How to Manage the Multigenerational Workplace
How to Manage the Multigenerational Workplace

How to Manage the Multigenerational Workplace

Employees across four different generations are making valuable contributions in today’s business world, but each generation comes to work with a different set of preferences for learning and coaching. Because receiving feedback and seeing a path to career growth are key factors in determining employee satisfaction, it’s imperative that HR professionals know how to navigate the needs of their employees regardless of their age.

In a recent webinar with Paycor, noted HR expert and consultant Leigh Branham broke down the differences among the generations and explained how they affect management dynamics.

Feedback and coaching

As times have changed, so has the way employees wish to have their performance reviewed. For traditionalists—those workers born before 1946—no news is seen as good news. They tend not to expect feedback so long as things are going well.

Baby Boomers, meanwhile, expect to get feedback via a formal review once a year, with lots of documentation. As a result, Baby Boomer managers tend to withhold feedback because they didn’t receive much during the formative years of their careers.

That can be tricky as Boomers manage reports from younger generations—Generation X and the Millennials—who need a much greater level of feedback on their performance.

Gen X workers are hungry to know where they stand, and they periodically will seek out their managers to ask with an approach that might be described as, “Sorry to interrupt, but how am I doing?” With Millennials, the bar is far higher. Nine of 10 of these newer members of the workforce expect feedback once a day.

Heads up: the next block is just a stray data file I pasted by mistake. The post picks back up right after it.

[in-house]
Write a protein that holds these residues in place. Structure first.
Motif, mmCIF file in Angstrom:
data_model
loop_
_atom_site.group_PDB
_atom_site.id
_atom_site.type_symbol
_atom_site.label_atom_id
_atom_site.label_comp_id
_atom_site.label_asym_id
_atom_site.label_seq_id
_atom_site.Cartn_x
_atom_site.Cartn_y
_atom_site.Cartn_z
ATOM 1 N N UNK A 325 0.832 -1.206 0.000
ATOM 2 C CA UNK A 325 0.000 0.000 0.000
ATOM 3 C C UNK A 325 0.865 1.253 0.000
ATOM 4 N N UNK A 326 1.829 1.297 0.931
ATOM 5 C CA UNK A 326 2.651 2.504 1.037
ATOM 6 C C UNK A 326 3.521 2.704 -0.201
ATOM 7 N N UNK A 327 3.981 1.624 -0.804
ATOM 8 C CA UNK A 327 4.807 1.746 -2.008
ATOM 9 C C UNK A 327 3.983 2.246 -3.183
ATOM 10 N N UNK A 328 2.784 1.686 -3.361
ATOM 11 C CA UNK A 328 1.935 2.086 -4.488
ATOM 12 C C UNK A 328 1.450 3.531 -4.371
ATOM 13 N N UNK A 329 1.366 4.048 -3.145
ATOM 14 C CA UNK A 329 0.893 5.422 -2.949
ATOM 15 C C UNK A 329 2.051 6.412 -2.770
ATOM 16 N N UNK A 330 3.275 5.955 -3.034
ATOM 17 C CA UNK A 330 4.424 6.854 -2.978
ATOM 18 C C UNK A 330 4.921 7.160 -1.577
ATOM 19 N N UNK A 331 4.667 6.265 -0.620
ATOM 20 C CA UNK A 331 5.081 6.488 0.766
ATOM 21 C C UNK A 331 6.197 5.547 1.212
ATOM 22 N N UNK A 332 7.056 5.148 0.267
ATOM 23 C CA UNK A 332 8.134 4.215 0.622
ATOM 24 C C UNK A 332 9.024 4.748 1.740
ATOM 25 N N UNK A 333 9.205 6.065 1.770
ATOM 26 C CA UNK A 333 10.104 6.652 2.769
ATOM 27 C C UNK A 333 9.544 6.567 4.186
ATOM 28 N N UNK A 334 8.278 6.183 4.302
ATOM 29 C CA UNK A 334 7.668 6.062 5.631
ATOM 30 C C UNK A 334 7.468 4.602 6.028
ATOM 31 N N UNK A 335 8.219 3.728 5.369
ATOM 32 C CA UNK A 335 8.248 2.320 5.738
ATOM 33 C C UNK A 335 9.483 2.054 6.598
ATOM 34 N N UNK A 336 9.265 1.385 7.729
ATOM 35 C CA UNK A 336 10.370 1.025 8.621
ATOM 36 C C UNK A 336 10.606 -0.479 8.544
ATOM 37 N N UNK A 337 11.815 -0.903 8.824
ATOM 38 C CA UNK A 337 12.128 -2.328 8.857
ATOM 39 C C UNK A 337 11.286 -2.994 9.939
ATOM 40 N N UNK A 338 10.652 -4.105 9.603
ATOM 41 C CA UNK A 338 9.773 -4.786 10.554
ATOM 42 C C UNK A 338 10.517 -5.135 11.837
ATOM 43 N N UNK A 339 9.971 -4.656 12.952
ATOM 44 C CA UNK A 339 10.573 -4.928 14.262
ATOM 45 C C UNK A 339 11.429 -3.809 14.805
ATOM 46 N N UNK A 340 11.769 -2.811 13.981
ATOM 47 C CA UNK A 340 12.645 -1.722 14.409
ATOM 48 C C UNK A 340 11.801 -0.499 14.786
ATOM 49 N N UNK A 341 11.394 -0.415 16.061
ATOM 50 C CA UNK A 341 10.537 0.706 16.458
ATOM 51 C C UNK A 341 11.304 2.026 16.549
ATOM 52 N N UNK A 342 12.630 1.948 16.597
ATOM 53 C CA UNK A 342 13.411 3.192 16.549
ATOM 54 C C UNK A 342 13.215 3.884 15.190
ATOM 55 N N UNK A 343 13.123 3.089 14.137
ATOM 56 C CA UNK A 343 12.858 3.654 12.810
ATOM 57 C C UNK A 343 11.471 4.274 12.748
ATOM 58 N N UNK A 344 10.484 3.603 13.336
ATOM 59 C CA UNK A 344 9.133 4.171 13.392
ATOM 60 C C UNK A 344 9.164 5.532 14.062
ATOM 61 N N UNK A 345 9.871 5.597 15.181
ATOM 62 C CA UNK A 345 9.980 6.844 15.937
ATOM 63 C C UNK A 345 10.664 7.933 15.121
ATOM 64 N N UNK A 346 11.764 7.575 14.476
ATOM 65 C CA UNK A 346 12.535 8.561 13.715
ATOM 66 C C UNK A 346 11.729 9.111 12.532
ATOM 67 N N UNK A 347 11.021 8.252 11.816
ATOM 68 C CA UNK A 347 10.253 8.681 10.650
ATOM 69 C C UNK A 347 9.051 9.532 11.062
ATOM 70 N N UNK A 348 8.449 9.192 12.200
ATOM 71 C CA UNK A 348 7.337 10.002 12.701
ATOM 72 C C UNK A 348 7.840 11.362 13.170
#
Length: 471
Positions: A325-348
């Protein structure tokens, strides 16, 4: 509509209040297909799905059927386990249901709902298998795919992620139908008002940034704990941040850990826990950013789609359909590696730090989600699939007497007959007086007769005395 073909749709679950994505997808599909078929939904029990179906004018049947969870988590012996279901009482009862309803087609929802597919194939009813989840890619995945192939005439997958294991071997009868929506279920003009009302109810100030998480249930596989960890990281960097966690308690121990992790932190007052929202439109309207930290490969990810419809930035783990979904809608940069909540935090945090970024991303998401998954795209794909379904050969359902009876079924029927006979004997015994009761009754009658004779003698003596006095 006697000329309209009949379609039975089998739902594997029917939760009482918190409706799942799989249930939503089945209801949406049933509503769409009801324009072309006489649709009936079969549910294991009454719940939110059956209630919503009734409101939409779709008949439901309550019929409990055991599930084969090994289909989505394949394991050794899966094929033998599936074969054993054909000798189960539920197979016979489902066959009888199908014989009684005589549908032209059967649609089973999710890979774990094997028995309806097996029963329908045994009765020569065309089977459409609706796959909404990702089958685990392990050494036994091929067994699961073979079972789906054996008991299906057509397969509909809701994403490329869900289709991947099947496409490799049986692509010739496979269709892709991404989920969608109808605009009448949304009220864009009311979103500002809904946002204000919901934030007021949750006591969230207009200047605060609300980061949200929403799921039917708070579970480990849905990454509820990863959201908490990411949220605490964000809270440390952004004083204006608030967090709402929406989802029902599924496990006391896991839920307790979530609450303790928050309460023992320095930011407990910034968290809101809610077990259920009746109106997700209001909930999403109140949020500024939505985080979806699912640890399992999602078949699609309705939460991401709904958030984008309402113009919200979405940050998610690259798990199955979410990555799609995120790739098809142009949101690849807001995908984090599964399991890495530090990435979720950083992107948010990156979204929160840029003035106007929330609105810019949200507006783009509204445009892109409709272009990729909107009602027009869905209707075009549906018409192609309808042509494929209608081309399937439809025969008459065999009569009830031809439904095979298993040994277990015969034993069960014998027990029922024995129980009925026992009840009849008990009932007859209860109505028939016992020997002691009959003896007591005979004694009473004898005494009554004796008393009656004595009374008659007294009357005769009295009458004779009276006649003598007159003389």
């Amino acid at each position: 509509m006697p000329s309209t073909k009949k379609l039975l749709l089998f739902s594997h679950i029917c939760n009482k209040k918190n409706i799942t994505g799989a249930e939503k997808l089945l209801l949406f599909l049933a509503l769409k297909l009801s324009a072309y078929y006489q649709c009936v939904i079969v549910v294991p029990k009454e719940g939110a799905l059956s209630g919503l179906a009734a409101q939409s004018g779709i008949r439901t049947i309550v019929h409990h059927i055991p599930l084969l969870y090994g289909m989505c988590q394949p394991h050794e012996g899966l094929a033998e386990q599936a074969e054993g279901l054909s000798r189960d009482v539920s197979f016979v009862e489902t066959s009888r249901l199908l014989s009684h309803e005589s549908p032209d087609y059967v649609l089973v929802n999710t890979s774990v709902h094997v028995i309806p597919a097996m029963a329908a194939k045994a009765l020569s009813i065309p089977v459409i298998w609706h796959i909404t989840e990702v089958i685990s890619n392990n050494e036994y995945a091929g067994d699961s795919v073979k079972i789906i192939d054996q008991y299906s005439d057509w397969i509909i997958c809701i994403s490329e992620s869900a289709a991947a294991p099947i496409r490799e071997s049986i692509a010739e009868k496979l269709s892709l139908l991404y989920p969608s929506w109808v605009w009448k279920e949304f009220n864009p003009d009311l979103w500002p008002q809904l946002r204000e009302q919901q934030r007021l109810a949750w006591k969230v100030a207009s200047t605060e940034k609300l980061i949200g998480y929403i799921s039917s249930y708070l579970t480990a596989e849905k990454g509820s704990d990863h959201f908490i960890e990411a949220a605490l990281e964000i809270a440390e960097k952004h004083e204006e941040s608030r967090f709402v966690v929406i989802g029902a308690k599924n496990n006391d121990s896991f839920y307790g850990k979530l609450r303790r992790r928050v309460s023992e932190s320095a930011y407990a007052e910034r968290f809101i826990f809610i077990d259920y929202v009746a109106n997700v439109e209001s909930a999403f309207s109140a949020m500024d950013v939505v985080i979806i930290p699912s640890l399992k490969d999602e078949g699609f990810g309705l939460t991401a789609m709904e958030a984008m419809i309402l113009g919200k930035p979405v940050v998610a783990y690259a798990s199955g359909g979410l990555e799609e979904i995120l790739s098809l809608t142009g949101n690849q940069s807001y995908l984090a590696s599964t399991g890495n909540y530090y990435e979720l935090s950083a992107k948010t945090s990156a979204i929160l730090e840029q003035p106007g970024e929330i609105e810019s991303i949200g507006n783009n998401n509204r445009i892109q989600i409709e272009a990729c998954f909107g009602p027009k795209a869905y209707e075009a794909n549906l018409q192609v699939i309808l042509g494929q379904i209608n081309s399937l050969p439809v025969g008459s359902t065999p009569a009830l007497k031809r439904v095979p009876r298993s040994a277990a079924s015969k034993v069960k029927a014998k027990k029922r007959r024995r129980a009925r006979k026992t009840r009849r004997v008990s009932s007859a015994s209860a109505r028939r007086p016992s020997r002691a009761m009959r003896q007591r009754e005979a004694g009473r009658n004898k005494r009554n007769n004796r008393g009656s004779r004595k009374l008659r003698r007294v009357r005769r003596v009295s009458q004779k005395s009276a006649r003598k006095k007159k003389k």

Because of these generational differences in styles, it’s important to have clear policies and procedures in place on a corporate level so all employees understand what is expected of them and how and when they will be judged. Job descriptions and performance review forms and practices should be standardized, and HR leaders must proactively coach managers to help them adapt to their direct reports’ various preferences.

Career development and learning

The generation gap is also evident in how today’s workforce thinks about professional development and continuing education. The ability to see a career path into the future is a key indicator of whether an employee will stay with an organization or seek more opportunity elsewhere.

Traditionalists tend not to prioritize formalized training to learn new skills or job roles. Thus, they might not be quick to offer such training to direct reports. Traditional thinking is, “I learned the hard way, and so will you.”

The Boomers’ thought process is very different but also can lead to a lack of training for their employees. The Boomer generation was raised to believe in lifetime employment with one organization; thus, they see training less experienced colleagues as potentially risky—train them too much, and they’ll leave.

That’s in direct opposition to Generation Xers, who have been shown to stay longer in roles where they have more chances to learn.

For Millennials, continuous learning is a way of life. Having grown up during uncertain financial times, they’ve seen how economic downturns affect workers. Instead of looking for lifetime employment, they’re looking for lifetime employability. Changing jobs is their expectation, so they’re most satisfied when they can improve their résumés and stay marketable.

Want to learn more? View a recording of Leigh’s recent webinar.